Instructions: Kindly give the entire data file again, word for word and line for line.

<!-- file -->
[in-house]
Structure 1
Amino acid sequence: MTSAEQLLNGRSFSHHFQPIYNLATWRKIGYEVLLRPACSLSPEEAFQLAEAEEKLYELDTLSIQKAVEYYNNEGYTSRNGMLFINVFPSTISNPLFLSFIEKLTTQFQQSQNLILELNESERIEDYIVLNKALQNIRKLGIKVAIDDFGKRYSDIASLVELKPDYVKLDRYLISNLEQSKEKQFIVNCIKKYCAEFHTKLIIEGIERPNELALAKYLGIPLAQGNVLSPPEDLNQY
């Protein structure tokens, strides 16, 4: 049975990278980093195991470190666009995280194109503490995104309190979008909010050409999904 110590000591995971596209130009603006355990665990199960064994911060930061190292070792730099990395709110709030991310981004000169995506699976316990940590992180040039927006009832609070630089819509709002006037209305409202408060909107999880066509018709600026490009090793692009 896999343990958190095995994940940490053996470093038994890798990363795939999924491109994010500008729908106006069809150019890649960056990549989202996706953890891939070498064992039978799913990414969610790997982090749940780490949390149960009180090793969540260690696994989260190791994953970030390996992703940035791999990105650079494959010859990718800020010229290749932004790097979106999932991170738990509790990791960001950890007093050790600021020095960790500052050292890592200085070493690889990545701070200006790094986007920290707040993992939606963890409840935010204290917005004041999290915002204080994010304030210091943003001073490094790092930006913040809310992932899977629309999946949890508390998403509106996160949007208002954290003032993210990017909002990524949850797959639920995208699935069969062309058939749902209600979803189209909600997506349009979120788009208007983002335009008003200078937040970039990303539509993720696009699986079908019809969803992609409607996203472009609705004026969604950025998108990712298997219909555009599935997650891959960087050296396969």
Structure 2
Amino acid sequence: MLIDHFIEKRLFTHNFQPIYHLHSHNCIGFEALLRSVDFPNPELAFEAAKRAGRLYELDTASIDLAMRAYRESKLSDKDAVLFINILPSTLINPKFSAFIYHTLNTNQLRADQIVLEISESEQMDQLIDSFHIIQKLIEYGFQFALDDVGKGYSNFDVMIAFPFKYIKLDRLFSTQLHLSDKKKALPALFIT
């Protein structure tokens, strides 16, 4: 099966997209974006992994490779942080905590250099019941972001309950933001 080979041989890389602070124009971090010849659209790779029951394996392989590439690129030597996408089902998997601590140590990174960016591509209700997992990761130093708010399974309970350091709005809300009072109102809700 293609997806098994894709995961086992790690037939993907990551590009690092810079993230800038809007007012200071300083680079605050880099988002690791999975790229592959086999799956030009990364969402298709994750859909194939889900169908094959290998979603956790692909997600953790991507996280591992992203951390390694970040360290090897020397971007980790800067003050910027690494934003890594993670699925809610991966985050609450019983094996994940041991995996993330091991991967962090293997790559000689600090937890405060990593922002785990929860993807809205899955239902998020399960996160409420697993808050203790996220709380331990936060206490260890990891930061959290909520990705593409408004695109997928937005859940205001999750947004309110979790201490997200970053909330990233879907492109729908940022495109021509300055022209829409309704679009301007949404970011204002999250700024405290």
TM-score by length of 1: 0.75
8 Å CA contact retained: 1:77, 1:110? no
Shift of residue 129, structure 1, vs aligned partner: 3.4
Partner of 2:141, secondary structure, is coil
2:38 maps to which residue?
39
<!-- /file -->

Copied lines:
[in-house]
Structure 1
Amino acid sequence: MTSAEQLLNGRSFSHHFQPIYNLATWRKIGYEVLLRPACSLSPEEAFQLAEAEEKLYELDTLSIQKAVEYYNNEGYTSRNGMLFINVFPSTISNPLFLSFIEKLTTQFQQSQNLILELNESERIEDYIVLNKALQNIRKLGIKVAIDDFGKRYSDIASLVELKPDYVKLDRYLISNLEQSKEKQFIVNCIKKYCAEFHTKLIIEGIERPNELALAKYLGIPLAQGNVLSPPEDLNQY
């Protein structure tokens, strides 16, 4: 049975990278980093195991470190666009995280194109503490995104309190979008909010050409999904 110590000591995971596209130009603006355990665990199960064994911060930061190292070792730099990395709110709030991310981004000169995506699976316990940590992180040039927006009832609070630089819509709002006037209305409202408060909107999880066509018709600026490009090793692009 896999343990958190095995994940940490053996470093038994890798990363795939999924491109994010500008729908106006069809150019890649960056990549989202996706953890891939070498064992039978799913990414969610790997982090749940780490949390149960009180090793969540260690696994989260190791994953970030390996992703940035791999990105650079494959010859990718800020010229290749932004790097979106999932991170738990509790990791960001950890007093050790600021020095960790500052050292890592200085070493690889990545701070200006790094986007920290707040993992939606963890409840935010204290917005004041999290915002204080994010304030210091943003001073490094790092930006913040809310992932899977629309999946949890508390998403509106996160949007208002954290003032993210990017909002990524949850797959639920995208699935069969062309058939749902209600979803189209909600997506349009979120788009208007983002335009008003200078937040970039990303539509993720696009699986079908019809969803992609409607996203472009609705004026969604950025998108990712298997219909555009599935997650891959960087050296396969």
Structure 2
Amino acid sequence: MLIDHFIEKRLFTHNFQPIYHLHSHNCIGFEALLRSVDFPNPELAFEAAKRAGRLYELDTASIDLAMRAYRESKLSDKDAVLFINILPSTLINPKFSAFIYHTLNTNQLRADQIVLEISESEQMDQLIDSFHIIQKLIEYGFQFALDDVGKGYSNFDVMIAFPFKYIKLDRLFSTQLHLSDKKKALPALFIT
């Protein structure tokens, strides 16, 4: 099966997209974006992994490779942080905590250099019941972001309950933001 080979041989890389602070124009971090010849659209790779029951394996392989590439690129030597996408089902998997601590140590990174960016591509209700997992990761130093708010399974309970350091709005809300009072109102809700 293609997806098994894709995961086992790690037939993907990551590009690092810079993230800038809007007012200071300083680079605050880099988002690791999975790229592959086999799956030009990364969402298709994750859909194939889900169908094959290998979603956790692909997600953790991507996280591992992203951390390694970040360290090897020397971007980790800067003050910027690494934003890594993670699925809610991966985050609450019983094996994940041991995996993330091991991967962090293997790559000689600090937890405060990593922002785990929860993807809205899955239902998020399960996160409420697993808050203790996220709380331990936060206490260890990891930061959290909520990705593409408004695109997928937005859940205001999750947004309110979790201490997200970053909330990233879907492109729908940022495109021509300055022209829409309704679009301007949404970011204002999250700024405290």
TM-score by length of 1: 0.75
8 Å CA contact retained: 1:77, 1:110? no
Shift of residue 129, structure 1, vs aligned partner: 3.4
Partner of 2:141, secondary structure, is coil
2:38 maps to which residue?
39